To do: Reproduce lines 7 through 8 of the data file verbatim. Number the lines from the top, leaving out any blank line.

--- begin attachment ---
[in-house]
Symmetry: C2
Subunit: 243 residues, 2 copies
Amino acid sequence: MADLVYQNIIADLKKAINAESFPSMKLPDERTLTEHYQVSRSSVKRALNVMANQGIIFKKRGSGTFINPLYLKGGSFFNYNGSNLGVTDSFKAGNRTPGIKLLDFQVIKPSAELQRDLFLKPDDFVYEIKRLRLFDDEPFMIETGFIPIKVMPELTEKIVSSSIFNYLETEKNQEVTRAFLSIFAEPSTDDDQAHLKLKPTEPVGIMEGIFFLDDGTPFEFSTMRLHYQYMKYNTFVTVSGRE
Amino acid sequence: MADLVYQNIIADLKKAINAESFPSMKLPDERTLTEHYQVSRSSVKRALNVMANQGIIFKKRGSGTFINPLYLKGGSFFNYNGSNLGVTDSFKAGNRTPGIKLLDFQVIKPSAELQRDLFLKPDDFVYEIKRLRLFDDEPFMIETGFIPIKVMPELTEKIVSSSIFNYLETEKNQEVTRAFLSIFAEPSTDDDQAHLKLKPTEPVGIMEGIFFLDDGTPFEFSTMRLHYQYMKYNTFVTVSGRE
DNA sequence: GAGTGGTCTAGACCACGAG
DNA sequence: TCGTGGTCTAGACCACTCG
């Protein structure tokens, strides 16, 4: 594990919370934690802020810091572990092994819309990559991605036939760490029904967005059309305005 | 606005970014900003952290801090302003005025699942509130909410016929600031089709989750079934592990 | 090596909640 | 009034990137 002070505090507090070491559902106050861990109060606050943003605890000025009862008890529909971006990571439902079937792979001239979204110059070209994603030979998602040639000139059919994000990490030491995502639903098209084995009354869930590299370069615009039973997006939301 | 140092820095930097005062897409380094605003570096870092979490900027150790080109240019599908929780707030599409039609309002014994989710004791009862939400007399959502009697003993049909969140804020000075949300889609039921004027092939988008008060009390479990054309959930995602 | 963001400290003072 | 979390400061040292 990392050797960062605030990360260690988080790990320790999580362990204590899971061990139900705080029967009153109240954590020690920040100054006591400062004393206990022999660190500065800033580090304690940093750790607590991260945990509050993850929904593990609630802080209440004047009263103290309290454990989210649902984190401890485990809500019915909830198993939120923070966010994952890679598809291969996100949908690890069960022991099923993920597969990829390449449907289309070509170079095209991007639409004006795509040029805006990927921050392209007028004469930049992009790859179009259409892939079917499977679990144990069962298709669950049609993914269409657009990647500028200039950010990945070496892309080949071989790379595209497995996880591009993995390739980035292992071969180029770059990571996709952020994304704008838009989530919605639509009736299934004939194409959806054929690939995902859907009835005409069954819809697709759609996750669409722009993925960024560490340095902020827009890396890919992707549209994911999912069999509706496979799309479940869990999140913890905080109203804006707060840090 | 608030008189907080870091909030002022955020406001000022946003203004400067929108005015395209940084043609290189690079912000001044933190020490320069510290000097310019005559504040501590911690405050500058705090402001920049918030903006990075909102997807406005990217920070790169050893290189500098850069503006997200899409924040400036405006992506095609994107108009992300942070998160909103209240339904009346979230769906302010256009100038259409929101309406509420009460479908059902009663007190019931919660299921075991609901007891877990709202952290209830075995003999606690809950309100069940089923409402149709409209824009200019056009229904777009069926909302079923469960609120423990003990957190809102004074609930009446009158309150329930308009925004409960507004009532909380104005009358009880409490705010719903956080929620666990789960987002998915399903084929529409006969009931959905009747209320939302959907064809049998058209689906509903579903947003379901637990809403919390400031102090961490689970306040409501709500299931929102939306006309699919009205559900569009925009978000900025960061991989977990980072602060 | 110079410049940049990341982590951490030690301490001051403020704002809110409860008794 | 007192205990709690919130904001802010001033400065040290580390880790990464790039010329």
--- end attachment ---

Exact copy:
DNA sequence: TCGTGGTCTAGACCACTCG
């Protein structure tokens, strides 16, 4: 594990919370934690802020810091572990092994819309990559991605036939760490029904967005059309305005 | 606005970014900003952290801090302003005025699942509130909410016929600031089709989750079934592990 | 090596909640 | 009034990137 002070505090507090070491559902106050861990109060606050943003605890000025009862008890529909971006990571439902079937792979001239979204110059070209994603030979998602040639000139059919994000990490030491995502639903098209084995009354869930590299370069615009039973997006939301 | 140092820095930097005062897409380094605003570096870092979490900027150790080109240019599908929780707030599409039609309002014994989710004791009862939400007399959502009697003993049909969140804020000075949300889609039921004027092939988008008060009390479990054309959930995602 | 963001400290003072 | 979390400061040292 990392050797960062605030990360260690988080790990320790999580362990204590899971061990139900705080029967009153109240954590020690920040100054006591400062004393206990022999660190500065800033580090304690940093750790607590991260945990509050993850929904593990609630802080209440004047009263103290309290454990989210649902984190401890485990809500019915909830198993939120923070966010994952890679598809291969996100949908690890069960022991099923993920597969990829390449449907289309070509170079095209991007639409004006795509040029805006990927921050392209007028004469930049992009790859179009259409892939079917499977679990144990069962298709669950049609993914269409657009990647500028200039950010990945070496892309080949071989790379595209497995996880591009993995390739980035292992071969180029770059990571996709952020994304704008838009989530919605639509009736299934004939194409959806054929690939995902859907009835005409069954819809697709759609996750669409722009993925960024560490340095902020827009890396890919992707549209994911999912069999509706496979799309479940869990999140913890905080109203804006707060840090 | 608030008189907080870091909030002022955020406001000022946003203004400067929108005015395209940084043609290189690079912000001044933190020490320069510290000097310019005559504040501590911690405050500058705090402001920049918030903006990075909102997807406005990217920070790169050893290189500098850069503006997200899409924040400036405006992506095609994107108009992300942070998160909103209240339904009346979230769906302010256009100038259409929101309406509420009460479908059902009663007190019931919660299921075991609901007891877990709202952290209830075995003999606690809950309100069940089923409402149709409209824009200019056009229904777009069926909302079923469960609120423990003990957190809102004074609930009446009158309150329930308009925004409960507004009532909380104005009358009880409490705010719903956080929620666990789960987002998915399903084929529409006969009931959905009747209320939302959907064809049998058209689906509903579903947003379901637990809403919390400031102090961490689970306040409501709500299931929102939306006309699919009205559900569009925009978000900025960061991989977990980072602060 | 110079410049940049990341982590951490030690301490001051403020704002809110409860008794 | 007192205990709690919130904001802010001033400065040290580390880790990464790039010329």